• GL
Choose your location?
  • Global Global
  • Australia
  • France
  • Germany
  • Ireland
  • Italy
  • Poland
  • Qatar
  • Spain
  • UAE
  • UK

Fair Work Commission Overhauls Annualised Wage Clauses

08 April 2019
The Fair Work Commission recently handed down a decision which will introduce or significantly alter annualised wage clauses in a large number of modern awards, including in mining, banking, horticulture and hospitality. 

What are annualised wage clauses?

Annualised wage clauses allow a full-time employee’s pay to be calculated by reference to a predetermined ‘rolled up’ annual lump sum, as opposed to a combination of a weekly wage, overtime and penalty rates, among other things.


What does this mean for employers?

The clauses will impose stringent safeguards for employees under annualised wage arrangements, including record-keeping and reconciliation requirements.  Once introduced, employers affected by the new clauses will be required to keep records of the hours employees work and calculate the pay an employee would have been entitled to on a standard award basis. Employers will then be required to make good any shortfall, so that an employee is not disadvantaged for receiving an annualised wage.

The clauses are only proposed to apply to full-time employees at this stage.


What happens next?

The proposed standardised clauses are not entirely uniform and have not yet been inserted into the relevant awards, but the FWC has indicated it will do so subject to further submissions and evidence from interested parties about transitional provisions and other items

If your workplacee uses annualised wage arrangements you should seek advice about the steps to take to ensure compliance under the new award provisions.

If you require further information or have any queries in relation to this alert, please feel free to contact Matthew Smith or Sina Zevari.



1 4 yearly review of modern awards – Annualised Wage Arrangements [2019] FWCFB 1289. (https://www.fwc.gov.au/documents/decisionssigned/html/pdf/2019fwcfb1289.pdf)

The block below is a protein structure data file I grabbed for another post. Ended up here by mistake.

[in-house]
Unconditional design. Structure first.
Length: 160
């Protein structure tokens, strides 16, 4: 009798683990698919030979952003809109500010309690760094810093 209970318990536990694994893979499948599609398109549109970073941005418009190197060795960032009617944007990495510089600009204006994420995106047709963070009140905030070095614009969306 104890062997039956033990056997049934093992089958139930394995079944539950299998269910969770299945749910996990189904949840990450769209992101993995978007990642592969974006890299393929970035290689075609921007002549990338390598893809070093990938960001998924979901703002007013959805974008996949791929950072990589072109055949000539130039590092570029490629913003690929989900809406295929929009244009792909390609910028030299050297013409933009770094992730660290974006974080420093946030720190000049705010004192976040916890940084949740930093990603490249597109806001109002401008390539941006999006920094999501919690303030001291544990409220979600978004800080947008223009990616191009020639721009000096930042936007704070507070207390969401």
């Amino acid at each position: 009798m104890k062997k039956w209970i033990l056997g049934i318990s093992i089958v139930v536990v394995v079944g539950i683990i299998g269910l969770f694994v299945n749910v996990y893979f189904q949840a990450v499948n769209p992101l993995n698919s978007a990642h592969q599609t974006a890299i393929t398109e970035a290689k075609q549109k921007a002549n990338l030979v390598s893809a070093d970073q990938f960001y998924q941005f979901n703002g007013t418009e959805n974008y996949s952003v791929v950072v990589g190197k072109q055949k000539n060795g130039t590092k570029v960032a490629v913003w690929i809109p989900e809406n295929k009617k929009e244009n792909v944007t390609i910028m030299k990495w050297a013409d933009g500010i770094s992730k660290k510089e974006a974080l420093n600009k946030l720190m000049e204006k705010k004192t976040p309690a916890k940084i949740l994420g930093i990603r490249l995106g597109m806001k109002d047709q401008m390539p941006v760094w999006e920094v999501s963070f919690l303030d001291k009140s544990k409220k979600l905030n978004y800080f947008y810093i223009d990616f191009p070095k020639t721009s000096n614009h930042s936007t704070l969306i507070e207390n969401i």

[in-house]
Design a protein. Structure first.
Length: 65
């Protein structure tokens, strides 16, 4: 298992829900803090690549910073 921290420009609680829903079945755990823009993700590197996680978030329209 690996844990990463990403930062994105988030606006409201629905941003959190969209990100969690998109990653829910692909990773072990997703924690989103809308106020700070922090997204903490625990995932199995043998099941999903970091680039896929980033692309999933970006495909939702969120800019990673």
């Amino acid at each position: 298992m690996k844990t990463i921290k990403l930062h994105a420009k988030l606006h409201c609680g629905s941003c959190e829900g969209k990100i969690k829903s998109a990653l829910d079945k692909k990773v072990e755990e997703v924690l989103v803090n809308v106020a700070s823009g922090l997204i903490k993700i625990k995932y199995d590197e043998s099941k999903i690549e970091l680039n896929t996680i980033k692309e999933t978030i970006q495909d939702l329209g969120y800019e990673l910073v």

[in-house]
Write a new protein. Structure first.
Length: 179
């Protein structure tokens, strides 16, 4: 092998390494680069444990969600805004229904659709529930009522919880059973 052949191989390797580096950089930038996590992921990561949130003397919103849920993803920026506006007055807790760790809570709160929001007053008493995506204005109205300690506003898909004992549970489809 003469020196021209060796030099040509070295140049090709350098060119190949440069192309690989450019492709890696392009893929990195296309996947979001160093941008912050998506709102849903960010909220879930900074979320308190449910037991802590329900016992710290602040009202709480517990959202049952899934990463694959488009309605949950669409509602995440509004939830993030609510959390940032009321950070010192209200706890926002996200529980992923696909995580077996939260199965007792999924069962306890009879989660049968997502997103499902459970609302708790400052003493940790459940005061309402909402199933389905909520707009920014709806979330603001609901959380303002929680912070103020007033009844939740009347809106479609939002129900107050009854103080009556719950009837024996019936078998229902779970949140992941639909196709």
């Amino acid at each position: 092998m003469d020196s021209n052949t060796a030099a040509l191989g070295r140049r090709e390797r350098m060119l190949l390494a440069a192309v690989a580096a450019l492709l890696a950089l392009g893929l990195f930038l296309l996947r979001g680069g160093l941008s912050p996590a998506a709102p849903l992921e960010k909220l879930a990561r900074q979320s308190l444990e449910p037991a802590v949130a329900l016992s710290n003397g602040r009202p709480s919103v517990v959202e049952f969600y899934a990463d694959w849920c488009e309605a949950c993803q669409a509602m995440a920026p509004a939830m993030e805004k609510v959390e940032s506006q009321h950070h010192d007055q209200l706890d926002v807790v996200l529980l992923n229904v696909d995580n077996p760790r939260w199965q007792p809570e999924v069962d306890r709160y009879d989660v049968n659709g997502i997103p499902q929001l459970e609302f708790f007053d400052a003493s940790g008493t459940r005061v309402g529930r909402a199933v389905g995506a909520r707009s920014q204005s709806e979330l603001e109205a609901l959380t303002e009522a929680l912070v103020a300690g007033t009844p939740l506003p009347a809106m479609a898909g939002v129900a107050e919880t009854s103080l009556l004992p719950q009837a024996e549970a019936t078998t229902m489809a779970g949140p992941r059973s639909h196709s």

We would like to acknowledge the contribution of Kate Archibald to this article.

Further Reading

We use cookies to give you the best user experience on our website. Please let us know if you accept our use of cookies.

Manage cookies

Your Privacy

When you visit any web site, it may store or retrieve information on your browser, mostly in the form of cookies. We mainly use this information to ensure the site works as you expect it to, and to learn how we can improve the experience in the future. The information does not usually directly identify you, but it can give you a more personalised web experience.
Because we respect your right to privacy, you can choose not to allow some types of cookies. Click on the different category headings to find out more and change permissions. However, blocking some types of cookies may prevent certain site functionality from working as expected

Functional cookies


These cookies let you use the website and are required for the website to function as expected.

These cookies are required

Tracking cookies

Anonymous cookies that help us understand the performance of our website and how we can improve the website experience for our users. Some of these may be set by third parties we trust, such as Google Analytics.

They may also be used to personalise your experience on our website by remembering your preferences and settings.

Marketing cookies

These cookies are used to improve and personalise your experience with our brands. We may use these cookies to show adverts for our products, or measure the performance of our adverts.